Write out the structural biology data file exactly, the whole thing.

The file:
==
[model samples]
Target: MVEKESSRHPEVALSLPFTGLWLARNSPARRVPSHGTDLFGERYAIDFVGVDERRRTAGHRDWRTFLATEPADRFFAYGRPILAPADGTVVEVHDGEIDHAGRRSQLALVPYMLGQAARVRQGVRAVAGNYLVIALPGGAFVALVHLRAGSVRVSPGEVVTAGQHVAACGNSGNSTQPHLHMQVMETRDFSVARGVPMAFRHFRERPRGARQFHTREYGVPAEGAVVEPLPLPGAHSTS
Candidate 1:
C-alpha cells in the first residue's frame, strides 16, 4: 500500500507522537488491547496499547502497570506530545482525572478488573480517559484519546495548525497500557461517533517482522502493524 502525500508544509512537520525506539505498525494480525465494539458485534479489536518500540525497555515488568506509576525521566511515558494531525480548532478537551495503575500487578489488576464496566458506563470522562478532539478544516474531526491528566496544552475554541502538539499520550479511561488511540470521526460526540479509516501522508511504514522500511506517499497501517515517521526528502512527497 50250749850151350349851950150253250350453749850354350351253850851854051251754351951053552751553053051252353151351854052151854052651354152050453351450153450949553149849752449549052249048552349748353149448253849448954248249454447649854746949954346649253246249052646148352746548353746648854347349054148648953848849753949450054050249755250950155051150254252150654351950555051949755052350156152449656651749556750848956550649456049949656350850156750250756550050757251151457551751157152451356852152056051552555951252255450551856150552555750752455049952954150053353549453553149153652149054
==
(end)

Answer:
[model samples]
Target: MVEKESSRHPEVALSLPFTGLWLARNSPARRVPSHGTDLFGERYAIDFVGVDERRRTAGHRDWRTFLATEPADRFFAYGRPILAPADGTVVEVHDGEIDHAGRRSQLALVPYMLGQAARVRQGVRAVAGNYLVIALPGGAFVALVHLRAGSVRVSPGEVVTAGQHVAACGNSGNSTQPHLHMQVMETRDFSVARGVPMAFRHFRERPRGARQFHTREYGVPAEGAVVEPLPLPGAHSTS
Candidate 1:
C-alpha cells in the first residue's frame, strides 16, 4: 500500500507522537488491547496499547502497570506530545482525572478488573480517559484519546495548525497500557461517533517482522502493524 502525500508544509512537520525506539505498525494480525465494539458485534479489536518500540525497555515488568506509576525521566511515558494531525480548532478537551495503575500487578489488576464496566458506563470522562478532539478544516474531526491528566496544552475554541502538539499520550479511561488511540470521526460526540479509516501522508511504514522500511506517499497501517515517521526528502512527497 50250749850151350349851950150253250350453749850354350351253850851854051251754351951053552751553053051252353151351854052151854052651354152050453351450153450949553149849752449549052249048552349748353149448253849448954248249454447649854746949954346649253246249052646148352746548353746648854347349054148648953848849753949450054050249755250950155051150254252150654351950555051949755052350156152449656651749556750848956550649456049949656350850156750250756550050757251151457551751157152451356852152056051552555951252255450551856150552555750752455049952954150053353549453553149153652149054